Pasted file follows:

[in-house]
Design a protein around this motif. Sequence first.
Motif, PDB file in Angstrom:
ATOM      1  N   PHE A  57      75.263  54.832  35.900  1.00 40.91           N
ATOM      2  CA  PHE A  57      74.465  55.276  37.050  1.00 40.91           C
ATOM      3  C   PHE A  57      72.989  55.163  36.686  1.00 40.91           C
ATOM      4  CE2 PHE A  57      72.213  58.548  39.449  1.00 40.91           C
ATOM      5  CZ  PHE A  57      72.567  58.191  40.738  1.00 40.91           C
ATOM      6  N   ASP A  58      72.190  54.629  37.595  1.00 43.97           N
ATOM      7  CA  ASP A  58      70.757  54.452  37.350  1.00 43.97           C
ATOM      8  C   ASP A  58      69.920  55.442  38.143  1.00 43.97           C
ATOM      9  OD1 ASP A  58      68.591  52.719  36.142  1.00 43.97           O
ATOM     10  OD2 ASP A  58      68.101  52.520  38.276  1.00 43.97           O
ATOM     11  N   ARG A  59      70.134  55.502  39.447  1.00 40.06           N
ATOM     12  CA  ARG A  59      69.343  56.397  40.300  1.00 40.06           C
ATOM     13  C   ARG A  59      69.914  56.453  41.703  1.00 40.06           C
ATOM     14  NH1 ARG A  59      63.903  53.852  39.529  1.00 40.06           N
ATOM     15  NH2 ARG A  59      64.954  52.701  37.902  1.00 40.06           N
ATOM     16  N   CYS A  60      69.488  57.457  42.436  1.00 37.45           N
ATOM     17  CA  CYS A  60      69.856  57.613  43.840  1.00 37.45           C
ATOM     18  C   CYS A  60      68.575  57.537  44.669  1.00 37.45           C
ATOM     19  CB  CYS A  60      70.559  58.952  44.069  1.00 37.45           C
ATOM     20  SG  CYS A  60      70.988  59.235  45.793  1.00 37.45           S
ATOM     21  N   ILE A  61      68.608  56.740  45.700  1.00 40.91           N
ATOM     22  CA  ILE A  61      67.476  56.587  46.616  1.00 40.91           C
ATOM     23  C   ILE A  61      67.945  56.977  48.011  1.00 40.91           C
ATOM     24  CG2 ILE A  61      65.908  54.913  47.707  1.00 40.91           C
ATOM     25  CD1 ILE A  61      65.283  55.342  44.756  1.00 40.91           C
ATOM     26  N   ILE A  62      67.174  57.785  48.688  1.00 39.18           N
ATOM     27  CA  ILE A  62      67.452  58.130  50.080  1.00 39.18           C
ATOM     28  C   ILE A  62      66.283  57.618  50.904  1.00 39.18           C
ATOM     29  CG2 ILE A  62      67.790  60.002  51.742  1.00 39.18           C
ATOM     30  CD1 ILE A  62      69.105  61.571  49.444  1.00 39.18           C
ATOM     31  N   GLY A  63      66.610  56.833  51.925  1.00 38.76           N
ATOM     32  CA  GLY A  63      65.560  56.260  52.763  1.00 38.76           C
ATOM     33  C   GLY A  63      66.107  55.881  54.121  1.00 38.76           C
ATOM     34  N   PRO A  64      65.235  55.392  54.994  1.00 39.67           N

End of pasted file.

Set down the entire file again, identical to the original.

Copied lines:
[in-house]
Design a protein around this motif. Sequence first.
Motif, PDB file in Angstrom:
ATOM      1  N   PHE A  57      75.263  54.832  35.900  1.00 40.91           N
ATOM      2  CA  PHE A  57      74.465  55.276  37.050  1.00 40.91           C
ATOM      3  C   PHE A  57      72.989  55.163  36.686  1.00 40.91           C
ATOM      4  CE2 PHE A  57      72.213  58.548  39.449  1.00 40.91           C
ATOM      5  CZ  PHE A  57      72.567  58.191  40.738  1.00 40.91           C
ATOM      6  N   ASP A  58      72.190  54.629  37.595  1.00 43.97           N
ATOM      7  CA  ASP A  58      70.757  54.452  37.350  1.00 43.97           C
ATOM      8  C   ASP A  58      69.920  55.442  38.143  1.00 43.97           C
ATOM      9  OD1 ASP A  58      68.591  52.719  36.142  1.00 43.97           O
ATOM     10  OD2 ASP A  58      68.101  52.520  38.276  1.00 43.97           O
ATOM     11  N   ARG A  59      70.134  55.502  39.447  1.00 40.06           N
ATOM     12  CA  ARG A  59      69.343  56.397  40.300  1.00 40.06           C
ATOM     13  C   ARG A  59      69.914  56.453  41.703  1.00 40.06           C
ATOM     14  NH1 ARG A  59      63.903  53.852  39.529  1.00 40.06           N
ATOM     15  NH2 ARG A  59      64.954  52.701  37.902  1.00 40.06           N
ATOM     16  N   CYS A  60      69.488  57.457  42.436  1.00 37.45           N
ATOM     17  CA  CYS A  60      69.856  57.613  43.840  1.00 37.45           C
ATOM     18  C   CYS A  60      68.575  57.537  44.669  1.00 37.45           C
ATOM     19  CB  CYS A  60      70.559  58.952  44.069  1.00 37.45           C
ATOM     20  SG  CYS A  60      70.988  59.235  45.793  1.00 37.45           S
ATOM     21  N   ILE A  61      68.608  56.740  45.700  1.00 40.91           N
ATOM     22  CA  ILE A  61      67.476  56.587  46.616  1.00 40.91           C
ATOM     23  C   ILE A  61      67.945  56.977  48.011  1.00 40.91           C
ATOM     24  CG2 ILE A  61      65.908  54.913  47.707  1.00 40.91           C
ATOM     25  CD1 ILE A  61      65.283  55.342  44.756  1.00 40.91           C
ATOM     26  N   ILE A  62      67.174  57.785  48.688  1.00 39.18           N
ATOM     27  CA  ILE A  62      67.452  58.130  50.080  1.00 39.18           C
ATOM     28  C   ILE A  62      66.283  57.618  50.904  1.00 39.18           C
ATOM     29  CG2 ILE A  62      67.790  60.002  51.742  1.00 39.18           C
ATOM     30  CD1 ILE A  62      69.105  61.571  49.444  1.00 39.18           C
ATOM     31  N   GLY A  63      66.610  56.833  51.925  1.00 38.76           N
ATOM     32  CA  GLY A  63      65.560  56.260  52.763  1.00 38.76           C
ATOM     33  C   GLY A  63      66.107  55.881  54.121  1.00 38.76           C
ATOM     34  N   PRO A  64      65.235  55.392  54.994  1.00 39.67           N